"Take to heart all the words I have solemnly declared to you this day, . . . They are not
just idle words for you-- they are your life" (Deuteronomy 32:46-47).

Friday, April 11, 2014


How silly we often prove ourselves to be! How? By reading a Bible verse, passage, chapter, or book and, along the way, appraising the text as right or wrong, relevant or irrelavent. Professing Christians are called to ...scholarship: "Study to shew thyself approved unto God, a workman that needeth not to be ashamed, rightly dividing the word of truth" (2 Tim. 2:15, KJV).

This biblical command not only means we are to do our best as led by, enlightened by, and enabled by the Holy Spirit to master scripture intellectually but also to become skilled at obeying and living according to scripture. Ask yourself an important question: Do I read the Bible as its pundit or as its pupil? Pundits are critics and faultfinders; whereas, pupils are learners and apprentices.

In his book "The Knowledge of the Holy," A. W. Tozer said,

The scholar has a vitally important task to perform within a carefully prescribed precinct. His task is to guarantee the purity of the text, to get as close as possible to the Word as originally given. He may compare Scripture with Scripture until he has discovered the true meaning of the text. But right there his authority ends. He must never sit in judgment upon what is written. He dare not bring the meaning of the Word before the bar of his reason. He dare not commend or condemn the Word as reasonable or unreasonable, scientific or unscientific. After the meaning is discovered, that meaning judges him; never does he judge it (29).
The writer of Hebrews, declaring the absolute, infinite, unrestricted power of the Bible over the human being, said definitively, "The word of God is alive and active. Sharper than any double-edged sword, it penetrates even to dividing soul and spirit, joints and marrow; it judges the thoughts and attitudes of the heart" (Heb. 4:12, NIV). Therefore, sitting down to the Bible as its self-appointed assessor and magistrate is moronic; moreover, it's an act of personal irresponsibility.

What kind of Bible scholar have you been? Moreover, what adjustments do you need to make and steps do you need to take to become the Bible scholar God commands you to be?

Thursday, March 27, 2014


"No one knows the Father except the Son and those to whom the Son chooses to reveal him" (Mat. 11:27).
Who is God? What is God like? These are among the most dangerous questions people can contemplate when their full intention is to answer from their own mental capacity, ability, imagination, and reasoning. To begin with, God is infinite and man is finite. Then there is the matter of humanity's innate sinfulness. The human mind being finite and sinful, therefore, possesses absolutely no ability in and of itself to accurately describe or define God. Decades ago A. W. Tozer said rightly, "A god begotten in the shadows of a fallen heart will quite naturally be no true likeness of the true God."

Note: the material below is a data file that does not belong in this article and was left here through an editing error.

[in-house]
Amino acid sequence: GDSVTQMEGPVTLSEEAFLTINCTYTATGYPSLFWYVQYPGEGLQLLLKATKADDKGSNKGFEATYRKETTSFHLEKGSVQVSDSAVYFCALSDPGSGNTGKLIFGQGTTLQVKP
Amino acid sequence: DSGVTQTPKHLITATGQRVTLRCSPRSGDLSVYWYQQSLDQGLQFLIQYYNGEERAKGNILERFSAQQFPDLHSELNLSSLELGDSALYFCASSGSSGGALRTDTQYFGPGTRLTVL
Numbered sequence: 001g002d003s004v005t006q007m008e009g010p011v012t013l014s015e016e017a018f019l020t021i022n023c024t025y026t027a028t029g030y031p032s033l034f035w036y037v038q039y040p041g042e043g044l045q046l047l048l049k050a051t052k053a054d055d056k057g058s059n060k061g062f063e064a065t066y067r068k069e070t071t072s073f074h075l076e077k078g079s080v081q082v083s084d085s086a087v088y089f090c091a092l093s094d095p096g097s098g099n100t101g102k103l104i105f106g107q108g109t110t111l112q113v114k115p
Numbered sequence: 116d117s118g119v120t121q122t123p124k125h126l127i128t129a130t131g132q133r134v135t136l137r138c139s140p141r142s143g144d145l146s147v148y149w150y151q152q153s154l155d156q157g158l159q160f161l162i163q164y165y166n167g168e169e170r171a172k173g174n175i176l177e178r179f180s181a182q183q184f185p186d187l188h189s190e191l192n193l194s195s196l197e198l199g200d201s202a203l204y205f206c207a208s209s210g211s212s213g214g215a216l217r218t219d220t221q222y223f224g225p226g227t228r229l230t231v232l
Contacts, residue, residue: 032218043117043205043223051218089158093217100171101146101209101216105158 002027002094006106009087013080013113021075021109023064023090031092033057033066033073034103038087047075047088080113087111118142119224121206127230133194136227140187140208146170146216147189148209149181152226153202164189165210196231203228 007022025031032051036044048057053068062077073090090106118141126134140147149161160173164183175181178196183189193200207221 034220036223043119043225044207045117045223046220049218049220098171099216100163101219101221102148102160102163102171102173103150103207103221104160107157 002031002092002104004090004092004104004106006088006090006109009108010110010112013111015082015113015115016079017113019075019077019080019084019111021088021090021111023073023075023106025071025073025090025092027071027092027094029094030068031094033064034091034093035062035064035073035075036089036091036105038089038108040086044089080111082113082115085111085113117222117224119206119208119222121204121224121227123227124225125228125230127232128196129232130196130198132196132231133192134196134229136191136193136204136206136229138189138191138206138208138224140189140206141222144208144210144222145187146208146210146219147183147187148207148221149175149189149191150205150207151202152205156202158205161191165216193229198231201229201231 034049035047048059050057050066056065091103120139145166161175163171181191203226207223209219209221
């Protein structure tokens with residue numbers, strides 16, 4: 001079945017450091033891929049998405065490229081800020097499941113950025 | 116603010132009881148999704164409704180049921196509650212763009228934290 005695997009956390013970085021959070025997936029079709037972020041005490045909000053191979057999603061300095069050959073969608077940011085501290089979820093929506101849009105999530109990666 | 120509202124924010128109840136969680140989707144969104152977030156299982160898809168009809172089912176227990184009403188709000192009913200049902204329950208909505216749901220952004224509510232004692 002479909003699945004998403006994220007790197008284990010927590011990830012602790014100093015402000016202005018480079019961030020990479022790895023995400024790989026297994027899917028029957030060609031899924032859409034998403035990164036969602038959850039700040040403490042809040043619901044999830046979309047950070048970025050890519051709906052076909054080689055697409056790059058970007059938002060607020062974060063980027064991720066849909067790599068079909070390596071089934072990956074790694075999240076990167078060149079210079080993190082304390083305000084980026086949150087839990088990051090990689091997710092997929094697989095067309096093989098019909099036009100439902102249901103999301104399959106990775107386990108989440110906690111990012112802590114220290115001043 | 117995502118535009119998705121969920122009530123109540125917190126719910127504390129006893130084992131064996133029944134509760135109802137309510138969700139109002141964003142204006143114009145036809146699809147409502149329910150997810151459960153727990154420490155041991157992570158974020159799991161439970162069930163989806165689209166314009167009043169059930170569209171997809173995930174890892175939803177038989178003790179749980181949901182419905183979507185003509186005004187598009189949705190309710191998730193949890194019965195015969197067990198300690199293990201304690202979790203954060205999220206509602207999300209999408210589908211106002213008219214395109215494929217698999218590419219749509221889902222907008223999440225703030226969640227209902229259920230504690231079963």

Yet, is this not exactly what many contemporary professing Christians have habitually done in an attempt to have God and church the way they want both? To justify one hour services or less, they propose that God is well satisfied with their church tradition. To rationalize lack of personal evangelism and witness, they explain that God knows these are not their talents and gifts. To feel good about sleeping in on the Lord's day, they suggest that God sympathizes with their need for rest on their only day off from work. Skipping Sunday evening services and Wednesday prayer meetings are simply a matter of God knowing his or her need for "family time." To perpetuate an ever-growing addiction to "social" drinking, some professing Christians arrogantly tout, "Well, Jesus turned water into wine!" Adulterous affairs are often passed off as justifiable because, as the offender explains, "God wants me to be happy." To console their grieving heart over the death of relative who never showed any real concern for God while alive, a person will insist that "God is a God of love and wouldn't send his or her loved one to hell." Every era of time has had its share of professing Christians who are experts at fashioning for themselves a god that is not the true God, thereby, shamefully proving themselves to be idolaters.

So, then, how do we correct this hideous idolatrous thinking and behavior? Moreover, how can we come to know our incomprehensible God? First, we must make sure we are truly Christian by having genuinely repented of our sins and trusted Jesus Christ as Lord and Savior. Second, we must give up all silly, sinful notions of having God and church the way you want them. Third, we must go to the source, the Bible. Jesus said, "No one knows the Father except the Son and those to whom the Son chooses to reveal him" (Mat. 11:27). In the scriptures, we find that God has revealed himself through his written word and the living word, Jesus Christ. Study the whole Bible and, especially, the person and work of Christ. You'll discover God's attributes, God's character, and God's will. This is the way God has chosen specifically to reveal himself to his true children.